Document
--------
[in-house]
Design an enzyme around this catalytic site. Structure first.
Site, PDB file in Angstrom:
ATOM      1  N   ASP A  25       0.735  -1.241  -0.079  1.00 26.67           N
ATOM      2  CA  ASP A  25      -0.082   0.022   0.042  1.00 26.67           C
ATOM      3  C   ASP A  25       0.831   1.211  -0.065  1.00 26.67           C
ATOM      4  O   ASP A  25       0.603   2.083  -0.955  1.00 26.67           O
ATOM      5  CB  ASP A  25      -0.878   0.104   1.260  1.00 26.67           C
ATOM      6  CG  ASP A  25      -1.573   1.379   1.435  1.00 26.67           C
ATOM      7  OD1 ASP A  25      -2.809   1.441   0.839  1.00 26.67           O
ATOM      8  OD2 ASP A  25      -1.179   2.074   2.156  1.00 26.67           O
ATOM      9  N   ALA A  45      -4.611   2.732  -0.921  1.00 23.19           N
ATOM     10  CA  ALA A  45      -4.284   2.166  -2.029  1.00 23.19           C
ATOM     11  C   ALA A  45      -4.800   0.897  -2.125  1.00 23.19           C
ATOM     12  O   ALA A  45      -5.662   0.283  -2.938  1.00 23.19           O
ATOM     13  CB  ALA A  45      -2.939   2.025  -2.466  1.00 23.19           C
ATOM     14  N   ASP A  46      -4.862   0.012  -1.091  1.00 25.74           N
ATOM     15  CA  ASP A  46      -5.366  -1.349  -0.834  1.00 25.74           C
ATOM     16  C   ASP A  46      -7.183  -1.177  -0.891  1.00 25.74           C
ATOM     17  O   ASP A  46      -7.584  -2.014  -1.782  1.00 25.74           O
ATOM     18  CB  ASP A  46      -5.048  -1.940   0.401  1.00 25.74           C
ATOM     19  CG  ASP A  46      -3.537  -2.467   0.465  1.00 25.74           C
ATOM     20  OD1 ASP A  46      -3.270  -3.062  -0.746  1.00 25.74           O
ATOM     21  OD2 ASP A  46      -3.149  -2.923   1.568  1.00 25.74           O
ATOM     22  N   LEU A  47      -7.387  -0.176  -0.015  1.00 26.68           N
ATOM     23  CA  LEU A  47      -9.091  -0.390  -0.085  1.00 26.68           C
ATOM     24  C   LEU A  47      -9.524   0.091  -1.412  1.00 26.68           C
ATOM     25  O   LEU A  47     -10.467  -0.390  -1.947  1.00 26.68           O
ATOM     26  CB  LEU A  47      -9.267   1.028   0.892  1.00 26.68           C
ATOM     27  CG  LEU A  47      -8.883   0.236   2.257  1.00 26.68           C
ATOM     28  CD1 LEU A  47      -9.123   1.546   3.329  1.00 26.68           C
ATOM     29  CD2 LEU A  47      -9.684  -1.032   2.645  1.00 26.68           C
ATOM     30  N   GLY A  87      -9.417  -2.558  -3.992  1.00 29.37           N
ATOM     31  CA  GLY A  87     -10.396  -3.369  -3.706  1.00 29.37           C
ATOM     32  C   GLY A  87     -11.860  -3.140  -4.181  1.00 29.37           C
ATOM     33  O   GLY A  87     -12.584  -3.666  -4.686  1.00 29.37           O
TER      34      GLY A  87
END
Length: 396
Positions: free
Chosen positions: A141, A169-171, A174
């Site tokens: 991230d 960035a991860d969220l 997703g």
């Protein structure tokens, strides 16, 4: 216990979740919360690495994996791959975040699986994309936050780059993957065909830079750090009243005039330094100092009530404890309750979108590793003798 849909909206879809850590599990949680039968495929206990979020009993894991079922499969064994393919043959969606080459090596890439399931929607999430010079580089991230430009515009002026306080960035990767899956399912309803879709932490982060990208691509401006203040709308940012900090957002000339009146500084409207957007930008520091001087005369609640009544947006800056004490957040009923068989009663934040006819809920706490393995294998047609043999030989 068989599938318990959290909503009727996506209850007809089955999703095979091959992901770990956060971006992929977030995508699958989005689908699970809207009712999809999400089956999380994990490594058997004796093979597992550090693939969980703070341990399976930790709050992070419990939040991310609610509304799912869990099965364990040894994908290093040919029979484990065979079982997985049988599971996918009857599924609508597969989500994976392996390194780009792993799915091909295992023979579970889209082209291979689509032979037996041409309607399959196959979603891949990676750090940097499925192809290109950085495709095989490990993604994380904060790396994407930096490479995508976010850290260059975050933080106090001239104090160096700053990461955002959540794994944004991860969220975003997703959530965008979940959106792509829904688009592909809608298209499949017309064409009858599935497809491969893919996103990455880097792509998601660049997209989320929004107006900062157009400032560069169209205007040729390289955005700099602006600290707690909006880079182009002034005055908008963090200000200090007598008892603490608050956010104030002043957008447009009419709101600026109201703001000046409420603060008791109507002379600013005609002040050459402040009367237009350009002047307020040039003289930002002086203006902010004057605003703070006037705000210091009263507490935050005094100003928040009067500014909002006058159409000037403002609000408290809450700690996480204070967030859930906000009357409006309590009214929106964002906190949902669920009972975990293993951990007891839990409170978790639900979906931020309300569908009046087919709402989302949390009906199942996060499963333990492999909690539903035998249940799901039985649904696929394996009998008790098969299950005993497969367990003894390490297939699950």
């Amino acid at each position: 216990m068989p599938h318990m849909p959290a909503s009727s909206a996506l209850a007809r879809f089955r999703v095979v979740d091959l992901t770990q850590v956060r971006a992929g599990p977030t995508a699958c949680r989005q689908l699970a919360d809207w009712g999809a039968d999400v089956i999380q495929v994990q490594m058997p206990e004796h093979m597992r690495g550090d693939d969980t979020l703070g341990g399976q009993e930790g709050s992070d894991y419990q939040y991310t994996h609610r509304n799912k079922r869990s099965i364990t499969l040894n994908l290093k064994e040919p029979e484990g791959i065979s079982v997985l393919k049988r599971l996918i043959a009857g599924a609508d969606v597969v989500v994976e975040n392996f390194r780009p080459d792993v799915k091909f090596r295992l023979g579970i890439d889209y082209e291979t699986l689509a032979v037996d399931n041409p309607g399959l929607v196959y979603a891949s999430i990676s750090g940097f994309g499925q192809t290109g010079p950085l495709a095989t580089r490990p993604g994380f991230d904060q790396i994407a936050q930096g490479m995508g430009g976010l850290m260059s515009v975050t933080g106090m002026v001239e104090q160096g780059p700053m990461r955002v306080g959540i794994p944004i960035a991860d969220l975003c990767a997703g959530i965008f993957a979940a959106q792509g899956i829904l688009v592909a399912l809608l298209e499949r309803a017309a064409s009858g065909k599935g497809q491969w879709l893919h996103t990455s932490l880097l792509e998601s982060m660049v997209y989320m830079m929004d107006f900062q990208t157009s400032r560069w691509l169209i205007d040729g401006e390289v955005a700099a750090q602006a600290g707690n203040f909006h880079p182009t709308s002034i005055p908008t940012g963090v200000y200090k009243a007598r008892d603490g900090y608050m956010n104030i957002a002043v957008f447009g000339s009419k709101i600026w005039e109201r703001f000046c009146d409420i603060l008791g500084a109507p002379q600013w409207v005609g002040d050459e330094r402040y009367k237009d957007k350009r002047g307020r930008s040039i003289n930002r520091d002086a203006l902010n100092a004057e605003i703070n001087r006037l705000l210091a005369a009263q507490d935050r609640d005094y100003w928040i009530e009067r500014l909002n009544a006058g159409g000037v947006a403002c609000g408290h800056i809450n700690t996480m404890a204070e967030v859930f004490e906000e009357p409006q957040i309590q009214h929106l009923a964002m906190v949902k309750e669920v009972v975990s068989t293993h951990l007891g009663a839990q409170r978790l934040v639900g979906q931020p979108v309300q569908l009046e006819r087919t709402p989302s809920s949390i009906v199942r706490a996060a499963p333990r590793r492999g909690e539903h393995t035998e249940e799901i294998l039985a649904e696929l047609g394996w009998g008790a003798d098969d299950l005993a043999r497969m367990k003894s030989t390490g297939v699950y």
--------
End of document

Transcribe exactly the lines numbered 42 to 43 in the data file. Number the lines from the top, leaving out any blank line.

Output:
């Site tokens: 991230d 960035a991860d969220l 997703g």
């Protein structure tokens, strides 16, 4: 216990979740919360690495994996791959975040699986994309936050780059993957065909830079750090009243005039330094100092009530404890309750979108590793003798 849909909206879809850590599990949680039968495929206990979020009993894991079922499969064994393919043959969606080459090596890439399931929607999430010079580089991230430009515009002026306080960035990767899956399912309803879709932490982060990208691509401006203040709308940012900090957002000339009146500084409207957007930008520091001087005369609640009544947006800056004490957040009923068989009663934040006819809920706490393995294998047609043999030989 068989599938318990959290909503009727996506209850007809089955999703095979091959992901770990956060971006992929977030995508699958989005689908699970809207009712999809999400089956999380994990490594058997004796093979597992550090693939969980703070341990399976930790709050992070419990939040991310609610509304799912869990099965364990040894994908290093040919029979484990065979079982997985049988599971996918009857599924609508597969989500994976392996390194780009792993799915091909295992023979579970889209082209291979689509032979037996041409309607399959196959979603891949990676750090940097499925192809290109950085495709095989490990993604994380904060790396994407930096490479995508976010850290260059975050933080106090001239104090160096700053990461955002959540794994944004991860969220975003997703959530965008979940959106792509829904688009592909809608298209499949017309064409009858599935497809491969893919996103990455880097792509998601660049997209989320929004107006900062157009400032560069169209205007040729390289955005700099602006600290707690909006880079182009002034005055908008963090200000200090007598008892603490608050956010104030002043957008447009009419709101600026109201703001000046409420603060008791109507002379600013005609002040050459402040009367237009350009002047307020040039003289930002002086203006902010004057605003703070006037705000210091009263507490935050005094100003928040009067500014909002006058159409000037403002609000408290809450700690996480204070967030859930906000009357409006309590009214929106964002906190949902669920009972975990293993951990007891839990409170978790639900979906931020309300569908009046087919709402989302949390009906199942996060499963333990492999909690539903035998249940799901039985649904696929394996009998008790098969299950005993497969367990003894390490297939699950």